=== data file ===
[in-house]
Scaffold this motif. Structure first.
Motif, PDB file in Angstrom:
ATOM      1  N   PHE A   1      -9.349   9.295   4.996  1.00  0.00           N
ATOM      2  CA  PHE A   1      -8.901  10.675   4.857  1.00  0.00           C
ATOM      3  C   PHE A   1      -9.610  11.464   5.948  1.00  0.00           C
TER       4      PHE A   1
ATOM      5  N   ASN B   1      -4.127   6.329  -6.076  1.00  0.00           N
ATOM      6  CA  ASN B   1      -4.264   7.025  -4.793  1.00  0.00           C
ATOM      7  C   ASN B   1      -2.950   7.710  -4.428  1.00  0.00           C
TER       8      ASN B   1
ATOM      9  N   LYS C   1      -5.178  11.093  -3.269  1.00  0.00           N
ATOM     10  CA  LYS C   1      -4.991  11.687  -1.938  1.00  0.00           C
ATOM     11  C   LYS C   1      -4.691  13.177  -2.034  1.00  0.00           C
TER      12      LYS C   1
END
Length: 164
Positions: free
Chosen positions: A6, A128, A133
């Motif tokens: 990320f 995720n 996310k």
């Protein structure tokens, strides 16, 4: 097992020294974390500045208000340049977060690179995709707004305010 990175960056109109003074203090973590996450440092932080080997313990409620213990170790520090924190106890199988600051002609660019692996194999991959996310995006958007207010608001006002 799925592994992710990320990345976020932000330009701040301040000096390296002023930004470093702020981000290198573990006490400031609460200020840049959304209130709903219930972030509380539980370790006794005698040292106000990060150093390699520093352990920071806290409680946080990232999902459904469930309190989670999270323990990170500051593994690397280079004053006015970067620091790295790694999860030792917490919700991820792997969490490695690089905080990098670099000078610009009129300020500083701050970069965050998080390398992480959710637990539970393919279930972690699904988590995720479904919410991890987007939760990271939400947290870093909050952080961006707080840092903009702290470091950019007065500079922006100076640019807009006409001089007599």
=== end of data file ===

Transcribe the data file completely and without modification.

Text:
[in-house]
Scaffold this motif. Structure first.
Motif, PDB file in Angstrom:
ATOM      1  N   PHE A   1      -9.349   9.295   4.996  1.00  0.00           N
ATOM      2  CA  PHE A   1      -8.901  10.675   4.857  1.00  0.00           C
ATOM      3  C   PHE A   1      -9.610  11.464   5.948  1.00  0.00           C
TER       4      PHE A   1
ATOM      5  N   ASN B   1      -4.127   6.329  -6.076  1.00  0.00           N
ATOM      6  CA  ASN B   1      -4.264   7.025  -4.793  1.00  0.00           C
ATOM      7  C   ASN B   1      -2.950   7.710  -4.428  1.00  0.00           C
TER       8      ASN B   1
ATOM      9  N   LYS C   1      -5.178  11.093  -3.269  1.00  0.00           N
ATOM     10  CA  LYS C   1      -4.991  11.687  -1.938  1.00  0.00           C
ATOM     11  C   LYS C   1      -4.691  13.177  -2.034  1.00  0.00           C
TER      12      LYS C   1
END
Length: 164
Positions: free
Chosen positions: A6, A128, A133
């Motif tokens: 990320f 995720n 996310k």
């Protein structure tokens, strides 16, 4: 097992020294974390500045208000340049977060690179995709707004305010 990175960056109109003074203090973590996450440092932080080997313990409620213990170790520090924190106890199988600051002609660019692996194999991959996310995006958007207010608001006002 799925592994992710990320990345976020932000330009701040301040000096390296002023930004470093702020981000290198573990006490400031609460200020840049959304209130709903219930972030509380539980370790006794005698040292106000990060150093390699520093352990920071806290409680946080990232999902459904469930309190989670999270323990990170500051593994690397280079004053006015970067620091790295790694999860030792917490919700991820792997969490490695690089905080990098670099000078610009009129300020500083701050970069965050998080390398992480959710637990539970393919279930972690699904988590995720479904919410991890987007939760990271939400947290870093909050952080961006707080840092903009702290470091950019007065500079922006100076640019807009006409001089007599």